Yeah, I’m angry! Because you never care what I think!
    So.. you feel disrespected, because you feel I don’t listen to you. (etc.)

    Sometimes you get it wrong, and they reject it (I’m not angry! I’m frustrated because I can’t get you to listen to me!). if that happens just try again and eventually you’ll hit the right note.

    Never express it as a question. Also, it should not be seen as a conversation. It’s just a technique to deescalate the aggression so that a conversation can take place. If you think of it as a conversation it will feel very awkward.

    He uses this method to deescalate conflicts between violent offenders in prisons, and also teaches it to parents with difficult kids. I just mentioned some of the basics to give you an idea of the technique, but I think it would be worth reading some of his material or contacting him. He’s very responsive to contact and questions.

  • in reply to: Fidgets and Sensory Products #71620

    anomalocaris
    Participant

    My best fidgets ever were short (2/12 inches or so) strings of assorted stone beads, including some smooth and some natural shapes/textures. Unfortunately, I could never find anything durable enough to prevent them from wearing out, so eventually I switched to just single rocks.

  • in reply to: Benefits of compression clothing for ADHD kids? #71619

    anomalocaris
    Participant

    I have ADD and hate compression clothing. I always end up looking a bit sloppy because my clothing has to be loose and comfortable Nothing fitted, or it drives me nuts. It’s different with blankets at night. I like them to be heavy and usually pull them into a tight cocoon. I can see using compression clothing for kids with autism, but it sounds counterproductive for ADD.

  • in reply to: Dating ADD and no response to texts #71618

    anomalocaris
    Participant

    As someone with ADD, I don’t have a phone that can text, and I make sure people know this. Partly it’s because I can’t afford a smart phone, but in part, I just don’t want to go there, because of exactly what’s being discussed on this thread. Most people who text assume that you’re available to them 24-7 and they get offended if you don’t respond. Whether you’re working, driving, involved in a conversation with someone else or sleeping doesn’t seem to matter. “HEY! I texted you and you didn’t drop whatever you were doing to pay attention to me!” Because of my ADD, it’s all I can do to get through the day and handle my responsibilities. I don’t have the energy to respond to every random thought of everyone in my life. If you really need me, call me and if I can help I will… but I can’t just attend to constant random stuff all day. I’d go nuts (and it’s not that far a trip as it is…).

  • in reply to: Forgetting literally everything. Tips please. #138345

    anomalocaris
    Participant

    I use an Alexa device. I don’t like the privacy issues but I put up with it, because it’s so good for remembering stuff. I can set a toast timer, or set multiple reminders to keep me moving in the morning. I can even tell it to remember where I put something. I still lose things all the time because I don’t tell it about everything, but an important paper or something I really can’t afford to lose track of, I can just tell Alexa where I put it. Sometimes telling Alexa is enough to set it in my mind, but if not, I can always ask.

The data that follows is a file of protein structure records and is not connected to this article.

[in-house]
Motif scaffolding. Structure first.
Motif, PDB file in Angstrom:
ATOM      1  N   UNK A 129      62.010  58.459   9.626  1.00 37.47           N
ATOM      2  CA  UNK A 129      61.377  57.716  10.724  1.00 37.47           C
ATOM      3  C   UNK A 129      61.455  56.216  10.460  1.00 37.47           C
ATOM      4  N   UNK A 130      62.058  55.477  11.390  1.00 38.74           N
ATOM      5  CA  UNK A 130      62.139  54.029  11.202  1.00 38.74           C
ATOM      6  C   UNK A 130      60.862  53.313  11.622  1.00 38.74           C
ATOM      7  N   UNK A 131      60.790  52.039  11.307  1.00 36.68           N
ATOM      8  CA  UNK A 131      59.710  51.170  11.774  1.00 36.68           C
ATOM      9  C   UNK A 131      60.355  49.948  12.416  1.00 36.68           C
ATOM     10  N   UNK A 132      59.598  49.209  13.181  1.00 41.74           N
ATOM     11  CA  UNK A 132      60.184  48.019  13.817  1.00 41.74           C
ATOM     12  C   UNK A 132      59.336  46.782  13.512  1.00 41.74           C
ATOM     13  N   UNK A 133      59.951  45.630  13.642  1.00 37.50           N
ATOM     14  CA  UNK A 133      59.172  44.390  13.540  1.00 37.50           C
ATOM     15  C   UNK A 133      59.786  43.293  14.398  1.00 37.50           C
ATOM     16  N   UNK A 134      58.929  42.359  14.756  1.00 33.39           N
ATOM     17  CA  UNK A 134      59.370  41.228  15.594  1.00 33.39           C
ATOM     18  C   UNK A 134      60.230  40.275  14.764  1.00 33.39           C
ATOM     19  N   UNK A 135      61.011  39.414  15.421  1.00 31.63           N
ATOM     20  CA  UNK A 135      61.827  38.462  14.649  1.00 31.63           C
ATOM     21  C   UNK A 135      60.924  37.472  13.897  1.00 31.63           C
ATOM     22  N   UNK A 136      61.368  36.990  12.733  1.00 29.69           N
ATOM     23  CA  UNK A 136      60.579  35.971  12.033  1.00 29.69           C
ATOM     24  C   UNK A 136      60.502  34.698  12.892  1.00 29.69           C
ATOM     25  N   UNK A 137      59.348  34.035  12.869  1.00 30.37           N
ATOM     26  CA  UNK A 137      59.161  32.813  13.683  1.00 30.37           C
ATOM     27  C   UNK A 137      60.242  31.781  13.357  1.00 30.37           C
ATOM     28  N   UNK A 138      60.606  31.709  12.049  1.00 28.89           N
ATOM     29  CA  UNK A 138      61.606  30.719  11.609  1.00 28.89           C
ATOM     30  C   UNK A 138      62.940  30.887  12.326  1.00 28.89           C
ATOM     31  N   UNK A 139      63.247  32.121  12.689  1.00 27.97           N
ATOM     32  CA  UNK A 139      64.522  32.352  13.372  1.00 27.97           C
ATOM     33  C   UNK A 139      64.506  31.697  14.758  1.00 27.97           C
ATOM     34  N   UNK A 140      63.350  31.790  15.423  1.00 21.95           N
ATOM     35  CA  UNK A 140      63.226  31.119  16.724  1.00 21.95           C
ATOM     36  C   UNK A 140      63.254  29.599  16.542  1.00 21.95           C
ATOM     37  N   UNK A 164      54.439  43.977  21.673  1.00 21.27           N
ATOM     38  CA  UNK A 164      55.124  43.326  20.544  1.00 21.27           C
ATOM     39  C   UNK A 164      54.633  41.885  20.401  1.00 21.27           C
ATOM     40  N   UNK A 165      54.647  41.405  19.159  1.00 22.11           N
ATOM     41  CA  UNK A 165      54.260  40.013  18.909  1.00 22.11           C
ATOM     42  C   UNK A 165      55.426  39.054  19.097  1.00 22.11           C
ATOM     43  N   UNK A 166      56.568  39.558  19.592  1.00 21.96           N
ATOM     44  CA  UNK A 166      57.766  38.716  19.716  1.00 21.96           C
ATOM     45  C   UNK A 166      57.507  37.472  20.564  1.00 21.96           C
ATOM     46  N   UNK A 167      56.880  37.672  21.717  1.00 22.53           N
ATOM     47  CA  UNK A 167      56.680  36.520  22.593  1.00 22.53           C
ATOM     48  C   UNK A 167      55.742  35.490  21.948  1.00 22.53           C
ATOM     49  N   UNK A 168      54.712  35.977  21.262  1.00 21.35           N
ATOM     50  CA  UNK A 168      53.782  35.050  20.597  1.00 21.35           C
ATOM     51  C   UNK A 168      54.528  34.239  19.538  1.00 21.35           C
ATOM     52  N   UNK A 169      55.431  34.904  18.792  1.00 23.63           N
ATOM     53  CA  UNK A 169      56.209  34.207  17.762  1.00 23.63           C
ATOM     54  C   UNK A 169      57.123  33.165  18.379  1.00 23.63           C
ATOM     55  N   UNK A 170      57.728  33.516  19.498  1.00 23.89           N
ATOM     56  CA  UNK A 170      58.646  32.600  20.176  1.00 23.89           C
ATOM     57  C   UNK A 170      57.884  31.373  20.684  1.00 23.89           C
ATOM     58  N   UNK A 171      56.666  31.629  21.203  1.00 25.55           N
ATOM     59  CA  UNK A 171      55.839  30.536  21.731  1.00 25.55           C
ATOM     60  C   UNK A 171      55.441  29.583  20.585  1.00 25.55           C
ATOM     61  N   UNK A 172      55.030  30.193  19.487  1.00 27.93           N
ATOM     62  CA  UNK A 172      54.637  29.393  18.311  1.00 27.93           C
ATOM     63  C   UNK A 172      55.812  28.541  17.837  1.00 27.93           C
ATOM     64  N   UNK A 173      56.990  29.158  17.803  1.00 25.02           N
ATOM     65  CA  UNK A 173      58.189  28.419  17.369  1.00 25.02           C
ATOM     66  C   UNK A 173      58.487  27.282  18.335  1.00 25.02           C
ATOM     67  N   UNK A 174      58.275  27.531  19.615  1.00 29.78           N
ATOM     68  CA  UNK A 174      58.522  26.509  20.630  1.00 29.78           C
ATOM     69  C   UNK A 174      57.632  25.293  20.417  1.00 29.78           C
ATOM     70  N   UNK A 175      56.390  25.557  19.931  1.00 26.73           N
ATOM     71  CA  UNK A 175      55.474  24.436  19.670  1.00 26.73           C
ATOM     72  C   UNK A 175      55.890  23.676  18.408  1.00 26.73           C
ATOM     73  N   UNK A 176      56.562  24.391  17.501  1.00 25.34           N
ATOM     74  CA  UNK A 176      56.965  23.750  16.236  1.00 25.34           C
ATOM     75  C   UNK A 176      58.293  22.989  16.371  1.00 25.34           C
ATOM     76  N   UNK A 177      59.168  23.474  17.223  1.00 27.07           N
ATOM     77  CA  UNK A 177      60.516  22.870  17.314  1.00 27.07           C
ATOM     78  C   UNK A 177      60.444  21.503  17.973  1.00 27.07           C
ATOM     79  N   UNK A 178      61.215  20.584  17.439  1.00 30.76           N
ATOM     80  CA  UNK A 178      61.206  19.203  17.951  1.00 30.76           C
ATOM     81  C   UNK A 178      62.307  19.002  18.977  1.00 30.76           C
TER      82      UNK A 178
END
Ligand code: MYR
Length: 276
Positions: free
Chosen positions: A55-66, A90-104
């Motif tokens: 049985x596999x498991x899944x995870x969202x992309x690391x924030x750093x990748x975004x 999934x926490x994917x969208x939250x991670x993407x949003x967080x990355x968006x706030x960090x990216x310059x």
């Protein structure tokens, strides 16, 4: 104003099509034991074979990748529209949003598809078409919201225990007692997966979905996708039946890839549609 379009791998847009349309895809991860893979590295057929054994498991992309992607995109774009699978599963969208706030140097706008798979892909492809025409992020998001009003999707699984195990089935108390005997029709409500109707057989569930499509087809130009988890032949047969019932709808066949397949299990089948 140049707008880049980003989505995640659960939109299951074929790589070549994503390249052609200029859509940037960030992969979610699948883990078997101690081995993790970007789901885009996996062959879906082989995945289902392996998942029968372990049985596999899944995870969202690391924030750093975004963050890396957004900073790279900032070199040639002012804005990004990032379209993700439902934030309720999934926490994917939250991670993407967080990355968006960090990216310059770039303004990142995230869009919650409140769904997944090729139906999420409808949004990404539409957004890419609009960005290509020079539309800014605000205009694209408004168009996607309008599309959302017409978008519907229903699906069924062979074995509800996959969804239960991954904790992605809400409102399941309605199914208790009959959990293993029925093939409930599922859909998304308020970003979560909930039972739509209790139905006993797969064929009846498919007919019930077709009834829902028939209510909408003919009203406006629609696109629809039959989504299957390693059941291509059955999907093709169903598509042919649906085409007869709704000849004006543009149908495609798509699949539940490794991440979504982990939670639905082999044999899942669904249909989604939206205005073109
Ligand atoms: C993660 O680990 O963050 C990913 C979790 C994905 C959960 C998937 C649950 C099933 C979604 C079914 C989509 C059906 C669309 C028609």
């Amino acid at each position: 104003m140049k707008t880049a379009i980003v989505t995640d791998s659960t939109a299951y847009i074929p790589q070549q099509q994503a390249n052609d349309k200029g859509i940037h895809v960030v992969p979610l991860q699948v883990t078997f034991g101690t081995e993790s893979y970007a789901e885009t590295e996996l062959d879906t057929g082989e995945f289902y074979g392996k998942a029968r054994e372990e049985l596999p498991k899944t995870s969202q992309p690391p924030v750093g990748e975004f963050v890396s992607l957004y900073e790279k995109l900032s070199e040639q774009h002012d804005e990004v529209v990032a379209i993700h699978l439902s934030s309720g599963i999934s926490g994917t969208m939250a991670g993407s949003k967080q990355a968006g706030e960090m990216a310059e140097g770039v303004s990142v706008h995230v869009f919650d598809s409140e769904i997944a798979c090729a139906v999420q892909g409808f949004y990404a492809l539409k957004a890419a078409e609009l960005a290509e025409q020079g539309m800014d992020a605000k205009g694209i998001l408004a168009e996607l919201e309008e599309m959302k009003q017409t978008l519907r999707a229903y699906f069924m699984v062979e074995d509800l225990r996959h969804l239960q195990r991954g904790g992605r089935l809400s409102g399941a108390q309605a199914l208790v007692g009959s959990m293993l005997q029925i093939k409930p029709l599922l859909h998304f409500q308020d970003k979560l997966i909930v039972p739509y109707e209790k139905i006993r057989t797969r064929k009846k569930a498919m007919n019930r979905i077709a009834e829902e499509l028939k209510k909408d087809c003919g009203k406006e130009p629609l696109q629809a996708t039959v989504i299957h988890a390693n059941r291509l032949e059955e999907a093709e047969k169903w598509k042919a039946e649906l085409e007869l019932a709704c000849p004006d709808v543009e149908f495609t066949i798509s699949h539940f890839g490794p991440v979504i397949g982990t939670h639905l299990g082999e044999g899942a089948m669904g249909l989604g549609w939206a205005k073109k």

Alexa even has a “nag” app, so it keeps nagging you until the task is done.

  • in reply to: Losing it #138343

    anomalocaris
    Participant

    Constantly. Often permanently. I was so excited this weekend about the fact that after 2 years of promising myself that I would get a spill-not drink carrier so I can get coffee on the way to work when I’m Trikking in, I finally got it on Friday. Couldn’t wait to try it out today. Only, it’s gone. Searched my tiny apartment for half an hour. It never turned up. It’s not a tiny little thing that I could overlook. How can I lose something I was so excited about buying, when I simply set it down near the door so I cold grab it easily on the way out, and didn’t touch it again? One of the worst things about it is how condescending other people are about it.

  • in reply to: CBD #126060

    anomalocaris
    Participant

    I tried it. It had no effect on me whatever. I might as well have been drinking vegetable oil twice a day.

  • in reply to: Hate Sleeping-ADHD Related? #88258

    anomalocaris
    Participant

    This was a huge issue for me, but it’s been solved with a surprisingly simple solution. I have a Kindle Fire HD, but you can use a cell phone if you have one. I go to bed at a reasonable time (when I’m not doing rattlesnake rescue until 2 AM!). Lights out, under the covers, eyes closed, to create a nice bit of sensory deprivation. In that state I listen to either audiobooks, free audiobooks on librivox or more often, I use the free TuneIn app to listen to radio dramas, or podcasts with the screen turned off. Listening in the dark, while lying down and eyes closed is essential — anything else could trigger the brain to be more active. In a state of sensory deprivation, though, my mind drifts off into the story and more often than not, into sleep. In fact I do more TuneIn than books because I found I was getting frustrated at always falling asleep in the middle of the chapter, and then it just keeps playing, so when I wake up I have to find my place again. Half hour radio dramas (scifi oldtime radio is my favorite) are ideal.

Viewing 15 posts - 1 through 15 (of 88 total)